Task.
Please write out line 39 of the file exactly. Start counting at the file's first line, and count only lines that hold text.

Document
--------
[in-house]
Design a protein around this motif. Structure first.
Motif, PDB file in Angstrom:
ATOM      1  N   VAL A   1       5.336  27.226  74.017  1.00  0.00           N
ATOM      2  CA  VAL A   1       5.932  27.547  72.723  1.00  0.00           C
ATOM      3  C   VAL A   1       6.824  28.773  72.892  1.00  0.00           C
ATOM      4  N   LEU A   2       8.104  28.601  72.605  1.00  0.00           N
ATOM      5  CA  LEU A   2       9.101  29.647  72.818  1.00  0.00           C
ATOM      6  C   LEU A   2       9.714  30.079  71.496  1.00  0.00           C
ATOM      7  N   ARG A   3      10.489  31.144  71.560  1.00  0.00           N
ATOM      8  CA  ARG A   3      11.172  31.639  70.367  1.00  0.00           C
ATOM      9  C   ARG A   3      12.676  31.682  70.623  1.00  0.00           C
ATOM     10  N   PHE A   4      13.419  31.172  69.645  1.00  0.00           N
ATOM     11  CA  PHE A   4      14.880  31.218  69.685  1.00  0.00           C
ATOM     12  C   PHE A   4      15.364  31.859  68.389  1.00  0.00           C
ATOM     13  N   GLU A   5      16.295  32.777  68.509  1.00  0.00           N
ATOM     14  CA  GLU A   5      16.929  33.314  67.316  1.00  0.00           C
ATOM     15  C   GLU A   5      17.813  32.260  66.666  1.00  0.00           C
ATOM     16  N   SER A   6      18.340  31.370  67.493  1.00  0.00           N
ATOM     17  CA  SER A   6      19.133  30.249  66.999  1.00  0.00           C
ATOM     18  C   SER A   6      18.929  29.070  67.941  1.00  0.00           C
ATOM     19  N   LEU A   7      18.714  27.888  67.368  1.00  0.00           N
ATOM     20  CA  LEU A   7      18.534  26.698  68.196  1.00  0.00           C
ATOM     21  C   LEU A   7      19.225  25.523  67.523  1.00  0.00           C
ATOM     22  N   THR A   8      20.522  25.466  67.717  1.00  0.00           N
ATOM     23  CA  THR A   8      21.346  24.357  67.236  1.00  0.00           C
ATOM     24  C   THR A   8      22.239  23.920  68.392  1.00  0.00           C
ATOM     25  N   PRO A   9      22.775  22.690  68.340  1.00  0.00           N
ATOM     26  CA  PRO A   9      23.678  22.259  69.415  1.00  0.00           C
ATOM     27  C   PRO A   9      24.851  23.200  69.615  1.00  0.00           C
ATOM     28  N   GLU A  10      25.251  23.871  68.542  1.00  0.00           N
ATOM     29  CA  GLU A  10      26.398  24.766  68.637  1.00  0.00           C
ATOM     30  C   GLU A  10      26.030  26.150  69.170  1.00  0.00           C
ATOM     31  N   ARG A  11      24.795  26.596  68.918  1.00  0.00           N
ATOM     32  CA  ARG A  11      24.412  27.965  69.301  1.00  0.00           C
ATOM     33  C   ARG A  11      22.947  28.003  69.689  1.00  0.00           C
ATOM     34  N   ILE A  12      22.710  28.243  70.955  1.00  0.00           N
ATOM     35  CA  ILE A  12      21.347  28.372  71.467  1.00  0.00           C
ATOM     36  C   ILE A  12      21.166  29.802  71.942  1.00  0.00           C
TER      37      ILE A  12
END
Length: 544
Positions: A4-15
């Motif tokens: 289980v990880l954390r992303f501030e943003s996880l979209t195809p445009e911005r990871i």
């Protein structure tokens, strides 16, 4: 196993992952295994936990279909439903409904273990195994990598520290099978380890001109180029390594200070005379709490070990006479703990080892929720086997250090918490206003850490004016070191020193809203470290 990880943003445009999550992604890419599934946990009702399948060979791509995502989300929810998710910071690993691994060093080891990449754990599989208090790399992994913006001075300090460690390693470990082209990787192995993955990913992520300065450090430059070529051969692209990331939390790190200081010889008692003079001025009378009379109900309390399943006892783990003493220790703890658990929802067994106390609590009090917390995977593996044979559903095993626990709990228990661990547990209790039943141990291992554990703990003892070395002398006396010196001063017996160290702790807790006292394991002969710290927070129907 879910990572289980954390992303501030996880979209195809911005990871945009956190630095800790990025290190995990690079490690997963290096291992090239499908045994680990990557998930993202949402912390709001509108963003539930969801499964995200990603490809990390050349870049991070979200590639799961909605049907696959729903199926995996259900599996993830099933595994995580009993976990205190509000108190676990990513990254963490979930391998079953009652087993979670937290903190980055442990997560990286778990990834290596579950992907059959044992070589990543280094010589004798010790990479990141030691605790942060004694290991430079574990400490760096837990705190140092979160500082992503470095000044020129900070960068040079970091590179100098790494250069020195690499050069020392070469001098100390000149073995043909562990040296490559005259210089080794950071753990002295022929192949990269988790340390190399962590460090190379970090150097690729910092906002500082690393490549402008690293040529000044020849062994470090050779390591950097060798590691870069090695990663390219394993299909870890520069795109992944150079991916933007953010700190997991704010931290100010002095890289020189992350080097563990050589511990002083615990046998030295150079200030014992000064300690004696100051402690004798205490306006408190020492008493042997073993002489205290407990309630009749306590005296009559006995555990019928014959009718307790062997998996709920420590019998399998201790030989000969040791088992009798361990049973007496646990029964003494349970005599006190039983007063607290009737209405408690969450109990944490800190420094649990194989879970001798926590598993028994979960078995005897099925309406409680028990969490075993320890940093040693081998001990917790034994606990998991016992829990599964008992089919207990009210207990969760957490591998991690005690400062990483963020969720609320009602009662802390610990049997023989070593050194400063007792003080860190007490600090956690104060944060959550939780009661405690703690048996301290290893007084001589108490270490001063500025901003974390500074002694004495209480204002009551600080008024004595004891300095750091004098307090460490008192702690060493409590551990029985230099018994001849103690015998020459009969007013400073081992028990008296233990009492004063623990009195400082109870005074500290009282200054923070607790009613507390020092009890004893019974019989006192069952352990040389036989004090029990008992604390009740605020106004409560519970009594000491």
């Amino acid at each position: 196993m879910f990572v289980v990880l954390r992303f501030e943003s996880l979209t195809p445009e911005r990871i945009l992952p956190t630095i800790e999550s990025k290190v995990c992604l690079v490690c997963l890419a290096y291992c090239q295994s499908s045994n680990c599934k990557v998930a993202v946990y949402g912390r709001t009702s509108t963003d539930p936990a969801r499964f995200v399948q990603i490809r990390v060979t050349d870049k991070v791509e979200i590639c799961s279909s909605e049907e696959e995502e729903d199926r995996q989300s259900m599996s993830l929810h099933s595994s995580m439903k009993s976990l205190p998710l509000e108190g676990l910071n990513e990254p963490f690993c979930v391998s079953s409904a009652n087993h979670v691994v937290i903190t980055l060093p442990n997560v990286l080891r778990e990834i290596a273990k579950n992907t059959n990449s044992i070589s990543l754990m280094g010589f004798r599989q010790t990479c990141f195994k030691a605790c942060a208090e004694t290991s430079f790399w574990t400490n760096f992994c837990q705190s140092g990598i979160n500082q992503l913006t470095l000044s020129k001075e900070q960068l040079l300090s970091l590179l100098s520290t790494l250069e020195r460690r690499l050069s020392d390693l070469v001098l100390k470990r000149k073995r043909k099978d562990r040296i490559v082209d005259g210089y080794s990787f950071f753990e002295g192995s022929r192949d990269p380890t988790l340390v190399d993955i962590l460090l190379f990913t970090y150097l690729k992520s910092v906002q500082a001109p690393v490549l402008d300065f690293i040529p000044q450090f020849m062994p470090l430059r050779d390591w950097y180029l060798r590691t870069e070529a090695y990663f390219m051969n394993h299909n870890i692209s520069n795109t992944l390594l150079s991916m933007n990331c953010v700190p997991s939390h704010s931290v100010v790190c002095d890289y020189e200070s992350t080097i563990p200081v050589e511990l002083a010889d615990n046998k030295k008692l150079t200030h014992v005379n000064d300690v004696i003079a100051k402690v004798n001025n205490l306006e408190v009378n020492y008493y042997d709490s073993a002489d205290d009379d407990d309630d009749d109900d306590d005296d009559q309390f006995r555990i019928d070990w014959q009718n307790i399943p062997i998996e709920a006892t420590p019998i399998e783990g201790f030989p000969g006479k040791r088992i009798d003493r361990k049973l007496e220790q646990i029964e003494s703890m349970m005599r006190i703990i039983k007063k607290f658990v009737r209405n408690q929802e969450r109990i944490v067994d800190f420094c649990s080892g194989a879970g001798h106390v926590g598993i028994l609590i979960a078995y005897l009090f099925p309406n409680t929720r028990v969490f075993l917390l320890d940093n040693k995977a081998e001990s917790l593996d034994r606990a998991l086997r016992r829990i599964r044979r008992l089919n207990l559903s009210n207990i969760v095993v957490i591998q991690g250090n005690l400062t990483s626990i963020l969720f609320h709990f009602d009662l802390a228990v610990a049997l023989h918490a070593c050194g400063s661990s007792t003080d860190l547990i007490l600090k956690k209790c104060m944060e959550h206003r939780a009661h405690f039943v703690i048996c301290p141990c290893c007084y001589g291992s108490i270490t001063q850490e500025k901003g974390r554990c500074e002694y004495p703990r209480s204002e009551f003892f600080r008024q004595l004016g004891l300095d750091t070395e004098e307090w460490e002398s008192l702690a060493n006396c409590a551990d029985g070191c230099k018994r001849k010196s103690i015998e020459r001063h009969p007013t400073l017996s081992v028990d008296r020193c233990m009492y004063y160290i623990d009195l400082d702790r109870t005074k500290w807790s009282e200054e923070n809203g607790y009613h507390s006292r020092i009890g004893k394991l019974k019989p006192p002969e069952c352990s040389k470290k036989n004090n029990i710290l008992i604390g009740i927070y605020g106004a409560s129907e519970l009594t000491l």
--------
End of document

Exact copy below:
ATOM     36  C   ILE A  12      21.166  29.802  71.942  1.00  0.00           C